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Leftover drug disposal launched at Stop & Shop

Citizens Campaign for The Environment Executive Director Adrienne

Citizens Campaign for The Environment Executive Director Adrienne Esposito demonstrates for the media at Stop & Shop in Carle Place, how the new pilot plan works to protect Nassau County water supply from improper disposal of unwanted household medicines. (Dec. 4, 2013) Credit: Newsday / J. Conrad Williams, Jr.

There's a new way to get rid of unwanted prescription medications in Nassau County, one that also aims to protect its water supply.

A free pilot program for the proper disposal of leftover drugs was launched at the Stop & Shop in Carle Place Wednesday. For the next year, the company's seven Nassau County locations will offer plastic envelopes with prepaid postage for anyone who wants to securely dispose of the medications. They will then be delivered to an incinerator in Texas and destroyed.

"What could be more convenient and easier than a grocery store and a mailbox?" said Adrienne Esposito of the environmental nonprofit Citizens Campaign for the Environment, which launched the program.

Not only will the program destroy unused medications safely, it also protects the water supply by offering an alternative to simply flushing pills down the toilet, she said.

"It's a permanent, effective solution," Esposito said, adding the pilot program will "serve as a model that can be easily replicated throughout New York." She said 41 percent of groundwater samples on Long Island show the presence of one or more prescription drugs, including antibiotics and anticonvulsant medicines.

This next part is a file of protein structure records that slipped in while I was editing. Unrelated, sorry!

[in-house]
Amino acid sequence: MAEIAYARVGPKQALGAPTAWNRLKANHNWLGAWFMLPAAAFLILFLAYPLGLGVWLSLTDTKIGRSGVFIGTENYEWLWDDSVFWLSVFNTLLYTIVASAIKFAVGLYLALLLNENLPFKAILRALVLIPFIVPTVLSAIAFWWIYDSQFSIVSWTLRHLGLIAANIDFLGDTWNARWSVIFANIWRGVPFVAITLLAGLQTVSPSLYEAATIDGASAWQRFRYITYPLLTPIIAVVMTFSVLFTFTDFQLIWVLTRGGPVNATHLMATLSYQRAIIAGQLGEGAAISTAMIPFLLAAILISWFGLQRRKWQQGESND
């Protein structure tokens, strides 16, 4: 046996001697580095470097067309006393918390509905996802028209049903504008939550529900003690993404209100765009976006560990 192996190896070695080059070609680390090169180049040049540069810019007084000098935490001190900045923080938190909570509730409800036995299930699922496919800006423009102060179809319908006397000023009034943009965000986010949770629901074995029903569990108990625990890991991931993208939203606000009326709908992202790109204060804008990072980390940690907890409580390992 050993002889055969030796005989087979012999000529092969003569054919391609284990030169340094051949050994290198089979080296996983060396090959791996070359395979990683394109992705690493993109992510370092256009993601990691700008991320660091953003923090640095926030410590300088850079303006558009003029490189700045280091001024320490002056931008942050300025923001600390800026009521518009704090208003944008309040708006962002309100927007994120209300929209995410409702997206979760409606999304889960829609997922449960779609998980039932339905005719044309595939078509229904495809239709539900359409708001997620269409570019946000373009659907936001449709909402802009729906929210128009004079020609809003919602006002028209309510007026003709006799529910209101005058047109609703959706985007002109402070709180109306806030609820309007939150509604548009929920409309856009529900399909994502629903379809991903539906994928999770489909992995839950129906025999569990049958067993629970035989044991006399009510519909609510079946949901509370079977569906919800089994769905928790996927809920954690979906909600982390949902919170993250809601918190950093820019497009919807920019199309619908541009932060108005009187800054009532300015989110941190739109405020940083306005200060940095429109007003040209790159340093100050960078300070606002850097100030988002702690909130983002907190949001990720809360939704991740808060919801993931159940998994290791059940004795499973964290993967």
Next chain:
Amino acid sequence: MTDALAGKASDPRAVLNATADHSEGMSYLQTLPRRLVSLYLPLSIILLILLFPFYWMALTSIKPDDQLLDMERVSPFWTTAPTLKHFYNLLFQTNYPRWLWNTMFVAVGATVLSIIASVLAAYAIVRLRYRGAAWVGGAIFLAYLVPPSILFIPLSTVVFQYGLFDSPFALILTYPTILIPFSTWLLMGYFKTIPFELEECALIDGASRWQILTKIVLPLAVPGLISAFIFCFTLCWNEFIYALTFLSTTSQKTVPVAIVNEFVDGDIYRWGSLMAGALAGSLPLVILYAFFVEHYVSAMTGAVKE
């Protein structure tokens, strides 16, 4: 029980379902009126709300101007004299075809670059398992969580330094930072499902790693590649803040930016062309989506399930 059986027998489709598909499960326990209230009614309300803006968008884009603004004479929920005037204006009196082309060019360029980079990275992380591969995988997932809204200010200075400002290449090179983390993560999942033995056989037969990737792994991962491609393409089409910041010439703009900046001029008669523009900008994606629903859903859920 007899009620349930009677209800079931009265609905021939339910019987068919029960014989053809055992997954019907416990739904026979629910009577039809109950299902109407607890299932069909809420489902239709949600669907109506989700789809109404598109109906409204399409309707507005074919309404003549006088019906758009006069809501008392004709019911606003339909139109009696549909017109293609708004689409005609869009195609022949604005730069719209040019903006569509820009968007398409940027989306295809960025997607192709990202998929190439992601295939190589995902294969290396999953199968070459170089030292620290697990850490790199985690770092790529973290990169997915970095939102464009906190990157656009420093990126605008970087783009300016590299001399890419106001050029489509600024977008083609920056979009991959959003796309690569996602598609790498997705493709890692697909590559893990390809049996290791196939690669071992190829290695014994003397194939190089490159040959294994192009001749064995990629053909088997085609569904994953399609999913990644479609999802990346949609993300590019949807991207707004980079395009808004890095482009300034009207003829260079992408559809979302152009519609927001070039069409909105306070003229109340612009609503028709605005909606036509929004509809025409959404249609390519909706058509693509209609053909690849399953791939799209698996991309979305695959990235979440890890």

Stop & Shop spokeswoman Arlene Putterman said the seven Nassau stores dispense 5,000 prescriptions each week in their pharmacies. If the program is successful, the company will expand to its 18 Suffolk County stores as well.

"All the unused pills that just sit in the medicine cabinet, the old advice was to flush them down the toilet," Putterman said. "But most of these chemicals pass through septic systems and sewer plants that can't process them."

The pilot's initial $15,000 cost is paid for by United Water, a New Jersey-based company that has expressed interest in privatizing Nassau County's sewer treatment plants -- a proposal that County Executive Edward Mangano has not ruled out, according to county officials.

The program will not accept controlled prescriptions such as oxycodone or Xanax -- those medications should be taken to law enforcement disposal programs such as the disposal boxes inside Nassau police precinct buildings.

Though the medication must be sent in its original packaging, program participants can remain anonymous by taking off patient information labels.

Creams and liquids can also be sent, though liquids should be wrapped in paper towels and sealed in plastic bags as well. The program recommends taking the envelope to a post office, or postal drop box, or handing it to postal carriers.

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